Britain on Friday reaffirmed its commitment to working with East African governments in fighting poaching and the illegal wildlife trade.
“Only through partnerships among governments and other players, the war on poaching and illegal wildlife trade would be won,” said Matt Sutherland, the British Deputy High Commissioner to Tanzania.
Sutherland said the British government placed a high priority on protecting Tanzania’s unique biodiversity, and that doing so was good for the environment, the economy and for social development within the country.
He spoke in the east African nation’s tourist city of Arusha during talks with the Director General of Tanzania National Parks Authority (TANAPA), Allan Kijazi, shortly after the British envoy handed over laptops to help with better collection and use of data and intelligence.
“We are delighted to be part of the Tanzania government’s efforts to fight illegal poaching,” said Sutherland, adding: “By bringing together information and intelligence, TANAPA can tackle criminal networks, identifying trends and patterns in behavior to ensure they are one step ahead of poachers.”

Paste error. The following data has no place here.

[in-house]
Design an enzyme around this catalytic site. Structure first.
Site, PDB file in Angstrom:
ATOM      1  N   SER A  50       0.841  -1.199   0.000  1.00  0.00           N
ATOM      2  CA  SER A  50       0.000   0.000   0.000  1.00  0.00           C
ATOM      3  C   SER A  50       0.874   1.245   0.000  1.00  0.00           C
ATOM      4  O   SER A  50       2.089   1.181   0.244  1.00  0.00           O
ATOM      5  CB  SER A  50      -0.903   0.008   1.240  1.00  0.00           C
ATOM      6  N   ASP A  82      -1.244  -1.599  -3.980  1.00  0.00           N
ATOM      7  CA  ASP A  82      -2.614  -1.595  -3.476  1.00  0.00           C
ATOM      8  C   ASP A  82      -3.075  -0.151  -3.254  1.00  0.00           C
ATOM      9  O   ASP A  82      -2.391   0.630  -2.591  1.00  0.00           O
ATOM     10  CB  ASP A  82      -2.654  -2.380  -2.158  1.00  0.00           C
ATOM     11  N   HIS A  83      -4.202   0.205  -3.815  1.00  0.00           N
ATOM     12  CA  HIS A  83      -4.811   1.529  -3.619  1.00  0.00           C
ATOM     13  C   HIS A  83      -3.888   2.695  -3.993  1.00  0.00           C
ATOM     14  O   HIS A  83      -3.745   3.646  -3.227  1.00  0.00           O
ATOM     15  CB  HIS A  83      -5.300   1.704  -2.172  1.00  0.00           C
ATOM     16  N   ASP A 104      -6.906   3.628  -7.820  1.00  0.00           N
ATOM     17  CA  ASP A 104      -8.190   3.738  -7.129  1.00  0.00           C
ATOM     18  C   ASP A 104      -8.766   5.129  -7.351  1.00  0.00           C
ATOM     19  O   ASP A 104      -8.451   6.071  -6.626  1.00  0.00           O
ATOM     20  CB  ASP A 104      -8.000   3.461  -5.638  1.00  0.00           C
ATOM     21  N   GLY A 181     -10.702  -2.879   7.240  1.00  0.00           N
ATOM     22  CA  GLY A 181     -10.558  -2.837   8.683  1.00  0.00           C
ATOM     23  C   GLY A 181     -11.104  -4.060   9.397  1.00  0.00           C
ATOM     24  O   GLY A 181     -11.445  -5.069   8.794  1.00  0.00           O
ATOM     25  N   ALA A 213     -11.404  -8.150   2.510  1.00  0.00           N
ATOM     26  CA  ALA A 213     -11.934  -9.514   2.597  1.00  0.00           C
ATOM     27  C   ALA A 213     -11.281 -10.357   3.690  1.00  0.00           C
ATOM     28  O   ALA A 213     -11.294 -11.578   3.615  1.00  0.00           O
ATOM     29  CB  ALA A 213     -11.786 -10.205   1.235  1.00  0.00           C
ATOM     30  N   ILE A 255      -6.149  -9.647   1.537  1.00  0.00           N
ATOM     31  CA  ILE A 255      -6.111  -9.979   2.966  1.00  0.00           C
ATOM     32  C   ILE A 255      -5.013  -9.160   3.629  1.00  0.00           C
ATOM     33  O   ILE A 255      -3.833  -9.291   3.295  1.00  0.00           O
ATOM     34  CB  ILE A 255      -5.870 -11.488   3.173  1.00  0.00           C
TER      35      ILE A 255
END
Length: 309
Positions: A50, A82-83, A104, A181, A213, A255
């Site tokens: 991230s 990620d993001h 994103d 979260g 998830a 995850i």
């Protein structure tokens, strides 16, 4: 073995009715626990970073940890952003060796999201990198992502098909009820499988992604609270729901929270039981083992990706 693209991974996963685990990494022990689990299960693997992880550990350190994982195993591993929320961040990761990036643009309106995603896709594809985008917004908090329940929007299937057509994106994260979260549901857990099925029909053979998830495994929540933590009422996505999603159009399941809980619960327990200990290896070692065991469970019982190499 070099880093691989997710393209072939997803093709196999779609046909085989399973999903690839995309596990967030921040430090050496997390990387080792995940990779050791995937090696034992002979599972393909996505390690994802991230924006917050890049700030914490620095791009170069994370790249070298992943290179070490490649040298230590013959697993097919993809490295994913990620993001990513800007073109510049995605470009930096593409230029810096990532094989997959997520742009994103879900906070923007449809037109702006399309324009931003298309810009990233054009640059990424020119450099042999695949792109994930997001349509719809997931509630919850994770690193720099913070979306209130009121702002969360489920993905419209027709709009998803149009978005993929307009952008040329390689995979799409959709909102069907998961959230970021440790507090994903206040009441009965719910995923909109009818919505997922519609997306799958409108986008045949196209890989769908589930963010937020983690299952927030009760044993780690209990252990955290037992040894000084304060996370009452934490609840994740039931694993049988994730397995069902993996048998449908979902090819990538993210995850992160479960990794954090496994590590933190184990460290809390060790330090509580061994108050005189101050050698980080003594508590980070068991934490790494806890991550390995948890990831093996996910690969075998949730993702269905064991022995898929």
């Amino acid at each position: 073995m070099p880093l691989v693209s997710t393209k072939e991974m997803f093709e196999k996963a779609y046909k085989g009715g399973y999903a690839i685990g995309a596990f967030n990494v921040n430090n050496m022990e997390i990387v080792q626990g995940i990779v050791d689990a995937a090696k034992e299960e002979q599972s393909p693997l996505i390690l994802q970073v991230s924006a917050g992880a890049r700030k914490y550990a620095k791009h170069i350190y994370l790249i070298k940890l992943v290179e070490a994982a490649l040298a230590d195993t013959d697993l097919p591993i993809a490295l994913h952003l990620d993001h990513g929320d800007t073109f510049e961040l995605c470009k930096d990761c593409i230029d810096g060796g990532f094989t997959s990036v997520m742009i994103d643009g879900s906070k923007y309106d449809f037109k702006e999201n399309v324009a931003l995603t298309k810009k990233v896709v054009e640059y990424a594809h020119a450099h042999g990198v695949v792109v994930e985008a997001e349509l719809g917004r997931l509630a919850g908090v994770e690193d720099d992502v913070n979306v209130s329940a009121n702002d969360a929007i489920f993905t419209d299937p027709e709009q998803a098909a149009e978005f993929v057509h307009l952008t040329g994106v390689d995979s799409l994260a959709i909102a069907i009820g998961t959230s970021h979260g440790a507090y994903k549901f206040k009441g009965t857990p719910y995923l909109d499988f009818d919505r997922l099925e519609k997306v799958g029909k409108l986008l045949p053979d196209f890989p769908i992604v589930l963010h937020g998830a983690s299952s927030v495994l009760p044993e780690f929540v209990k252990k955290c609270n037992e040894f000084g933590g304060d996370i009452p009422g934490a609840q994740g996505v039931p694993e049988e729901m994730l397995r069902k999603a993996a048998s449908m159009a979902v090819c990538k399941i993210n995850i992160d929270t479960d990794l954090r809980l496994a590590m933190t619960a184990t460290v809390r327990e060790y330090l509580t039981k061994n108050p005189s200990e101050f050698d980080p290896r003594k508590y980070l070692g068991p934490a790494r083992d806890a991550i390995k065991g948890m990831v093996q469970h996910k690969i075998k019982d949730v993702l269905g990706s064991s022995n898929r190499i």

He said working together with neighboring countries will ensure that criminal networks cannot exploit borders for their own gain.
The handover of laptops marked the completion of two rounds of regional training involving conservation officials from Tanzania, Uganda, Kenya, Ethiopia and Rwanda.
The training was facilitated by The British Peace Support Team (BPST) based in Kenya. BPST is part of the British Army which coordinates and delivers peace support training across the Eastern African region.
In June 2015, the government of Tanzania released an elephant population estimate from a country-wide aerial survey which showed that the elephant population has declined by 60 percent since 2009.
A 2014 elephant census showed that the country has a total elephant population of 43,521, compared to the 2009 census where there were 109,051 elephants in the East African nation.